Saturday, August 05, 2006
Solar Power in Fiji
I am a firm believer in decentralization and appropriate technology so I am interested in the use of solar energy in rural areas of Fiji. Surely solar cell systems which generate electricity from sunlight are appropriate for a tropical country like Fiji. They are quiet, give off no pollution, don't require much land or water to operate, and can be used to generate both electricity and fuels.
Over ten years ago, solar power was installed in the village of Ovea in Tailevu. In 1999 it was intalled in the village of Naroi, Moala Island in Lau for 170 households. The cost was donated by France.
In Fiji the Department of Energy installed 193 solar power in the province of Bua and Cakaudrove in 2002. They worked with the Pacific International Centre for High Technology Research (PICHTR).
FDOE, with Public Work Department (PWD) and PICHTR, installed a 720 kWh/day renewable-energy-hybrid-power system at the Nabouwalu Government Station )western side of Vanua Levu_ for offices, shops, ice-plant, bakeries, 30-bed hospital, school, post office, police station and a village. The system was designed by PICHTR. Upwards of 70% is supplied with the renewable energy equipment and the balance with diesel generators. The system produces electricity at costs that are competitive with the true cost of electricity production with fossil fuels.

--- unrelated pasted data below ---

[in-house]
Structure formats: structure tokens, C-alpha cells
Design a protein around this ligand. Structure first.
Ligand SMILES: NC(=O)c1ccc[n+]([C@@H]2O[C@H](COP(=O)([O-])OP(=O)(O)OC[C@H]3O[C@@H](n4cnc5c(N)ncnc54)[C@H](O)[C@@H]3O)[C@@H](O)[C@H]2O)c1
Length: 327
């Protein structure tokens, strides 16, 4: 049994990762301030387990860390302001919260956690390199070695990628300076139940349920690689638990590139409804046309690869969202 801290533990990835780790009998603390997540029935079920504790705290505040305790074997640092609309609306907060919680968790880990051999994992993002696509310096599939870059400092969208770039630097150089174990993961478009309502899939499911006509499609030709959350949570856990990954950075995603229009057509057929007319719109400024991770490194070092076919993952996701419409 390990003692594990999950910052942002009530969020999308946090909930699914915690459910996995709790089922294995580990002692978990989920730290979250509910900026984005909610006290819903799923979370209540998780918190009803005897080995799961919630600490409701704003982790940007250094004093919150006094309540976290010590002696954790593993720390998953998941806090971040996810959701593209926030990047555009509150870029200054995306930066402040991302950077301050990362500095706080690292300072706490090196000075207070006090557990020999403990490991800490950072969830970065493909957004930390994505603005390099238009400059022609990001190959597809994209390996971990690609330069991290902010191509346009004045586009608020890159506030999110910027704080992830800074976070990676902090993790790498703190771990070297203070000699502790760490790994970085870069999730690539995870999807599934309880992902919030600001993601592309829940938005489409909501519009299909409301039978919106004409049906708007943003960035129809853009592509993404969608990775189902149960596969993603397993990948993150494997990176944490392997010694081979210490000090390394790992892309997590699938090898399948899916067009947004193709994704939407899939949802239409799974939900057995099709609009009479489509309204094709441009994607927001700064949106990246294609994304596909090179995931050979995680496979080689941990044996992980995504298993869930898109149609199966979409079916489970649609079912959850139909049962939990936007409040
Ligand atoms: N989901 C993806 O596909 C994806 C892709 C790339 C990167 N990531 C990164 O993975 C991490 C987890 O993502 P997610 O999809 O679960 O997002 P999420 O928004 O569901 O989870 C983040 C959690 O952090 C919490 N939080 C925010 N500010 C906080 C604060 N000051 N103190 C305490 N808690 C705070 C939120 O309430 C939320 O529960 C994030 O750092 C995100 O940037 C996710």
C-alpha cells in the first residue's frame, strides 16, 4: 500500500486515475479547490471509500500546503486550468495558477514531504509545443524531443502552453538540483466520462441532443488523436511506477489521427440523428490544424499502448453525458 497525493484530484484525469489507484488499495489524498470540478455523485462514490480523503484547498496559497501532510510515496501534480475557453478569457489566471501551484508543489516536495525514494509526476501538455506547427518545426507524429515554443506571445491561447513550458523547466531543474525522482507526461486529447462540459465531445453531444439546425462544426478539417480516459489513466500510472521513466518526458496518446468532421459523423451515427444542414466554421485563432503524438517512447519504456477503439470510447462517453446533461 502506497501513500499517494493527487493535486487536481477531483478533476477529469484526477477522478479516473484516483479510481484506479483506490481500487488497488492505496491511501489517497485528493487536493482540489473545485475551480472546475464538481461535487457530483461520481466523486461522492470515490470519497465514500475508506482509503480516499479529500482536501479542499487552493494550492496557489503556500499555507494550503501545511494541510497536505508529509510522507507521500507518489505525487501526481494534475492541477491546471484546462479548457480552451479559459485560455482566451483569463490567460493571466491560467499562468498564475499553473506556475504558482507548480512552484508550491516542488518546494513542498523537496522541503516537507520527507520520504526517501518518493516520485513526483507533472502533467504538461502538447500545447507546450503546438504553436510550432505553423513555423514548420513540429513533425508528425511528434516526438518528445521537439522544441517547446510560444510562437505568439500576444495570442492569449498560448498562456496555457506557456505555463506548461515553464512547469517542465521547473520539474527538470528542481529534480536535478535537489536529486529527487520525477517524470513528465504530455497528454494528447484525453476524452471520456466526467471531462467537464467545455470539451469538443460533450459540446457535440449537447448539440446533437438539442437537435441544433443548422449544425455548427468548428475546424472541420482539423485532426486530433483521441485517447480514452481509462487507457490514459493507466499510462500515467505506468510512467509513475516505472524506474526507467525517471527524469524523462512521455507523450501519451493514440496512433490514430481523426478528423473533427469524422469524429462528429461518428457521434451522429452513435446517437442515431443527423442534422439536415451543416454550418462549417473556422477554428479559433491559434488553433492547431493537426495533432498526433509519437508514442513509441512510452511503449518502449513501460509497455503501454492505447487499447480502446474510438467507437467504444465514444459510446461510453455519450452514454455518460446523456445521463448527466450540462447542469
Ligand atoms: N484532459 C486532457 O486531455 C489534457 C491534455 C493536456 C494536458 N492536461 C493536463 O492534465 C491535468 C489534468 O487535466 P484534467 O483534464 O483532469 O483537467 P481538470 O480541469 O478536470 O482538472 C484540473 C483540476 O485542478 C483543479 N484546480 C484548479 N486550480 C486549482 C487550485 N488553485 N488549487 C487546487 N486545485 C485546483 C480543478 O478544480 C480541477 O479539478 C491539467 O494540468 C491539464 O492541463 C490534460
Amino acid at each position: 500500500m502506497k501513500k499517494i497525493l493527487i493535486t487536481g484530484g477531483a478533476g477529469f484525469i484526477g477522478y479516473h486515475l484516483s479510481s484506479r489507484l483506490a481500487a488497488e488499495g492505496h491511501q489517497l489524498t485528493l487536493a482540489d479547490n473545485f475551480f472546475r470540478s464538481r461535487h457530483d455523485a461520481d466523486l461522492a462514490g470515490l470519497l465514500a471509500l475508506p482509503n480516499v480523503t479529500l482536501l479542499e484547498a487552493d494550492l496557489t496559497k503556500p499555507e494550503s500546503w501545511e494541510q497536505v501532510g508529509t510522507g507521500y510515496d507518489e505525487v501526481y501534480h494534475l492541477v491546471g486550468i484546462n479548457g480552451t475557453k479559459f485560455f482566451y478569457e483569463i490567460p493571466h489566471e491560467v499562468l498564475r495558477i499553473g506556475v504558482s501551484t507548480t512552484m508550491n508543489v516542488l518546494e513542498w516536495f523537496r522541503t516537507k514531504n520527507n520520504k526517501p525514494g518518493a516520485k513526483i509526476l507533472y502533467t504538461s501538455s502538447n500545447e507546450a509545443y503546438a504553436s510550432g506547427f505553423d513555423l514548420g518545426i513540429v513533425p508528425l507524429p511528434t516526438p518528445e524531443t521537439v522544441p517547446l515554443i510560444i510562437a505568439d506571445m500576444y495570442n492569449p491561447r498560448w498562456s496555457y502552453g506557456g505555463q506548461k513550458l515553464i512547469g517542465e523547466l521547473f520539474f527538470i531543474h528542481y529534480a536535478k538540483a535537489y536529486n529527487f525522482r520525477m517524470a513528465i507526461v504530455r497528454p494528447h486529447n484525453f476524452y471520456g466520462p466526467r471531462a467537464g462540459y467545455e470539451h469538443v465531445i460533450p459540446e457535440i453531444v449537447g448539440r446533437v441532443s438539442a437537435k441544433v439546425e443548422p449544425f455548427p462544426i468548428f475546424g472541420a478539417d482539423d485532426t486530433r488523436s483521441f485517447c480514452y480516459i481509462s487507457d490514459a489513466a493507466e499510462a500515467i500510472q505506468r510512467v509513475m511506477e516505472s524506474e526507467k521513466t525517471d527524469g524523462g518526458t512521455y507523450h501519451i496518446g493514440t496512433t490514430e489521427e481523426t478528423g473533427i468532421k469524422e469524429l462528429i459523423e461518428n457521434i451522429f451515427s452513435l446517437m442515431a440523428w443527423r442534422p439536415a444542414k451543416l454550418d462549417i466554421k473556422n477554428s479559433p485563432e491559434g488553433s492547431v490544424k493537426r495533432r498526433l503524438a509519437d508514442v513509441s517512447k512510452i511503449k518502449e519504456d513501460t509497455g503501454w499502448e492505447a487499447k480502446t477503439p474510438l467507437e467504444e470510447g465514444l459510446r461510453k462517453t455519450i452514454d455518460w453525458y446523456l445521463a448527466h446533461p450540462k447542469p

Nukubati Resort off the coast of Macuata uses panels to capture heat from the sun.
These are some examples of solar energy being used in Fiji and there are other places as well.
Surely this could be done in numerous villages and locations which are isolated from the main power sources in Fiji.
The pics above are from Ovea, Nukubati and Nabouwalu.
Are they still working well I wonder.
I presume that the adventurers who are coming to Vorovoro Island with the tribewanted scheme will be looking seriously at the option of solar power for the project.